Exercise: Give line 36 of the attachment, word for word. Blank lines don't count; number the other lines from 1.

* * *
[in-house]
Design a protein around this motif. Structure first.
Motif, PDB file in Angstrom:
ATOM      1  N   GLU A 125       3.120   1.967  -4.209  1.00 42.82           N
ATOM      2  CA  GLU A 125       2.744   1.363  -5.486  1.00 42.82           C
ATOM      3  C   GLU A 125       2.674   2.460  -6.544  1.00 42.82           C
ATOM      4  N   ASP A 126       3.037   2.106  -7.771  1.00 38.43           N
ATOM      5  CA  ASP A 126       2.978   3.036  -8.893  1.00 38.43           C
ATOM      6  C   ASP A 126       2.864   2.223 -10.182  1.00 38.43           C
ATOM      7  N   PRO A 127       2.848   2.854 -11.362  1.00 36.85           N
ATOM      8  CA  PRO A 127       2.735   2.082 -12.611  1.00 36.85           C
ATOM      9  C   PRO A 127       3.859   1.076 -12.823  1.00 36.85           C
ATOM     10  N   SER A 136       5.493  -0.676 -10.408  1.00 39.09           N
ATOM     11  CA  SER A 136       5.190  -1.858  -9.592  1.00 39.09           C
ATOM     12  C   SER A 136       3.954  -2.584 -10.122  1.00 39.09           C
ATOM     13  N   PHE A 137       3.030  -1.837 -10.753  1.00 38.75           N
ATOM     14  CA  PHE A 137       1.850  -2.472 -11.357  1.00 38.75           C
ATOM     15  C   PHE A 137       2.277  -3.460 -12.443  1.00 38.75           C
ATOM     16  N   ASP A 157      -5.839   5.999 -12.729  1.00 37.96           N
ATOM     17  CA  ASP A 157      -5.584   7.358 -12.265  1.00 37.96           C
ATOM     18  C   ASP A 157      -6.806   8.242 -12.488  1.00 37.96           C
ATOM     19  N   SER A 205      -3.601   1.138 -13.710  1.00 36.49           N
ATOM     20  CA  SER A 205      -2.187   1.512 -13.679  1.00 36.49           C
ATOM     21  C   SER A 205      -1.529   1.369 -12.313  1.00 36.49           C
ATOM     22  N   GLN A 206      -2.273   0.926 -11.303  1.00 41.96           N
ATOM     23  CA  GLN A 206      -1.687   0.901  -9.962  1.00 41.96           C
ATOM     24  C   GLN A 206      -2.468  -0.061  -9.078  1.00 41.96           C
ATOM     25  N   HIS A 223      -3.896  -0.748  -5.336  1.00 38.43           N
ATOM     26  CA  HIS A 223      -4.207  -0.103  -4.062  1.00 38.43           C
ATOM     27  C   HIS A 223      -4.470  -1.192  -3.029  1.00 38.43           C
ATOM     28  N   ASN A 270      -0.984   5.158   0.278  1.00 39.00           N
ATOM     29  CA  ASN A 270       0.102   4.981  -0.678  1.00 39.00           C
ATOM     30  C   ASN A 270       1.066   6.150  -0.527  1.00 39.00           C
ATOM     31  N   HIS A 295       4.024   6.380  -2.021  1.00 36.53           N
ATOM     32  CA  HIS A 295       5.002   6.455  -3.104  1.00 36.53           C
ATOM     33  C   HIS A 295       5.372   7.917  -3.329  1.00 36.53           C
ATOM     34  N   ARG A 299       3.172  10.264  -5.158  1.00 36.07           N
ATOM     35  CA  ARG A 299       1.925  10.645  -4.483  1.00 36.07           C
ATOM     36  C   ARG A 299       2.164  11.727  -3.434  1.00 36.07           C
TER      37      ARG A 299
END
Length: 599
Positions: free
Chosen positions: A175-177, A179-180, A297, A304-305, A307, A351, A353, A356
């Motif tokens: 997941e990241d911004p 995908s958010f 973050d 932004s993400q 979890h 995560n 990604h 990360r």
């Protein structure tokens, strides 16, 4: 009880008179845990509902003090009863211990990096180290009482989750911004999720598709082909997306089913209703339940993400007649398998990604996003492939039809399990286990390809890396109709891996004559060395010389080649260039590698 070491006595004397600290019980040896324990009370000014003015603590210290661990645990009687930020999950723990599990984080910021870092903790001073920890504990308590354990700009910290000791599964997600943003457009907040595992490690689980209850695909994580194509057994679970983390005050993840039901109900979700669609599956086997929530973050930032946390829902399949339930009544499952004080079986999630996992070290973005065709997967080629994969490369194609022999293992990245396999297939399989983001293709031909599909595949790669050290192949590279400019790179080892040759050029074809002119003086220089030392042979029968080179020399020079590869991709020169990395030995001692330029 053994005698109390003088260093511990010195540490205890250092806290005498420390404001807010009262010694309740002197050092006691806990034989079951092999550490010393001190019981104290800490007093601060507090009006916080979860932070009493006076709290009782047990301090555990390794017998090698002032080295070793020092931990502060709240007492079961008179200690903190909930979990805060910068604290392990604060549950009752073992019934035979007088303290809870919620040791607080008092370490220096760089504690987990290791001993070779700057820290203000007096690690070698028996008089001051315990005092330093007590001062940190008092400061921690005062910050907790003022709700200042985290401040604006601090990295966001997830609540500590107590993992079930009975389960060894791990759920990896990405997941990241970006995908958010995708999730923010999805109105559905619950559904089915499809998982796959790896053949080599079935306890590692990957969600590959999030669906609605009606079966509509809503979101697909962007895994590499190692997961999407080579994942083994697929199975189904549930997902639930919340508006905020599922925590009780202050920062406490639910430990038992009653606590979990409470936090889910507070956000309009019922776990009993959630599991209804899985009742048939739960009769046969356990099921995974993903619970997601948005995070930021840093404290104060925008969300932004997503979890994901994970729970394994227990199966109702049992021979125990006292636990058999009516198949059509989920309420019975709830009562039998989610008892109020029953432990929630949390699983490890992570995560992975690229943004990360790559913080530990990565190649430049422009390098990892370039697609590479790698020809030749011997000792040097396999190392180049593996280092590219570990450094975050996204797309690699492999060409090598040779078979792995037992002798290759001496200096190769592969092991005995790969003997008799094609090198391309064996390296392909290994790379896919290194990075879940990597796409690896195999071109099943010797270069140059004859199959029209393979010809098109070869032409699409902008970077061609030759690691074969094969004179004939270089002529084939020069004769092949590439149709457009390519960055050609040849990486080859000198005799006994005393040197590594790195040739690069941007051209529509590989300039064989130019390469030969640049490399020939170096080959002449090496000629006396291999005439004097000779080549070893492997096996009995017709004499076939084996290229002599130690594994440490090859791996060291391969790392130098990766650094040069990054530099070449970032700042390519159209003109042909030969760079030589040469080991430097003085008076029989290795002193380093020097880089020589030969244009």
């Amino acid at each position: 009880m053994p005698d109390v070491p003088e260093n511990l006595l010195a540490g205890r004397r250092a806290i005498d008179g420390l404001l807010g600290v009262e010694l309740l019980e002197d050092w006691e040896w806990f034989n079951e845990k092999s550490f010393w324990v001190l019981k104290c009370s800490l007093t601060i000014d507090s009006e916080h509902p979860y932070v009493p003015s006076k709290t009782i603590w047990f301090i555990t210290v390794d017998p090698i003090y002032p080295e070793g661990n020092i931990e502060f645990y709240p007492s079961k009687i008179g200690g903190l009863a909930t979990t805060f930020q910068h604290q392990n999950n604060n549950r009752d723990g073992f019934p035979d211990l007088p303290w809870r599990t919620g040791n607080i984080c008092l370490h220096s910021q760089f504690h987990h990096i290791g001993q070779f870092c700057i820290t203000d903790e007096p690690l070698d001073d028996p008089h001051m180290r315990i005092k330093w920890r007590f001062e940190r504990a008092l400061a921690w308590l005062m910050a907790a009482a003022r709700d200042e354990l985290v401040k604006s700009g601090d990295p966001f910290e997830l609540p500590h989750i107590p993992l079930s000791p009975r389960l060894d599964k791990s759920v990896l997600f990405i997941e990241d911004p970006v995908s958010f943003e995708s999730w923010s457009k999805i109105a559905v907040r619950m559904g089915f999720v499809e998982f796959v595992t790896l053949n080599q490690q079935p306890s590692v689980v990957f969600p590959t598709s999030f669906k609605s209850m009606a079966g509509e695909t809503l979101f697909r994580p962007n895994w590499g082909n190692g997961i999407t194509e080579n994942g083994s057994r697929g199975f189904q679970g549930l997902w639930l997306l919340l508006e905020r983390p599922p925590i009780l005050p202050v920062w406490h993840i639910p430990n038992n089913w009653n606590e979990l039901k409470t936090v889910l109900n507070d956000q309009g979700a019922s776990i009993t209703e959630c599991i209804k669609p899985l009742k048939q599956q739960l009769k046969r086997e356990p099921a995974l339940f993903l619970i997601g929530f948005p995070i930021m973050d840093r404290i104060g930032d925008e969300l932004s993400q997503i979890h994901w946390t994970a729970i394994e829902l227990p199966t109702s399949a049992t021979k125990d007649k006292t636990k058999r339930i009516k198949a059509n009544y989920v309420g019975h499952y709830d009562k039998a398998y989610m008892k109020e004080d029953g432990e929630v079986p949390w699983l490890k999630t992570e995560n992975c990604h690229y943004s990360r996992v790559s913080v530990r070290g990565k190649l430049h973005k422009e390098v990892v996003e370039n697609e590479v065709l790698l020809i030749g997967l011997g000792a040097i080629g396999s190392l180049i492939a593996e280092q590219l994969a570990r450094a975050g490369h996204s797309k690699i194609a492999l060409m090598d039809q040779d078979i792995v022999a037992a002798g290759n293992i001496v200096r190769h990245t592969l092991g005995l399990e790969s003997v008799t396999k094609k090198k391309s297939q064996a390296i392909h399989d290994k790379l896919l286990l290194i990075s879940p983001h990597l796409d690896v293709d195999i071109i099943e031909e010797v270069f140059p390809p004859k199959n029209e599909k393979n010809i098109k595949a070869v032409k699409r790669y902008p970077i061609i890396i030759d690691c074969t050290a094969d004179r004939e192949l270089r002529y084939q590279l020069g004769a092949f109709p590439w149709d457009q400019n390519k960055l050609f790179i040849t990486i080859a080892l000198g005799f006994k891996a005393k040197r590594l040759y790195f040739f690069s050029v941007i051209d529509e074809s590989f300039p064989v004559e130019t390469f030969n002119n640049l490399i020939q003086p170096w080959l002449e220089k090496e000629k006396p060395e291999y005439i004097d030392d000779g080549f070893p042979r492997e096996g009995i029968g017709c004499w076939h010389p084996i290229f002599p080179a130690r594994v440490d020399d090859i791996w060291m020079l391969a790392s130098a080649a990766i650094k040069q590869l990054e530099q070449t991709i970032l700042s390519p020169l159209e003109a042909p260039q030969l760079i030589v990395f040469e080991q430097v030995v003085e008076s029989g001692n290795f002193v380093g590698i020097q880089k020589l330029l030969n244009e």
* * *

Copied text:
ATOM     33  C   HIS A 295       5.372   7.917  -3.329  1.00 36.53           C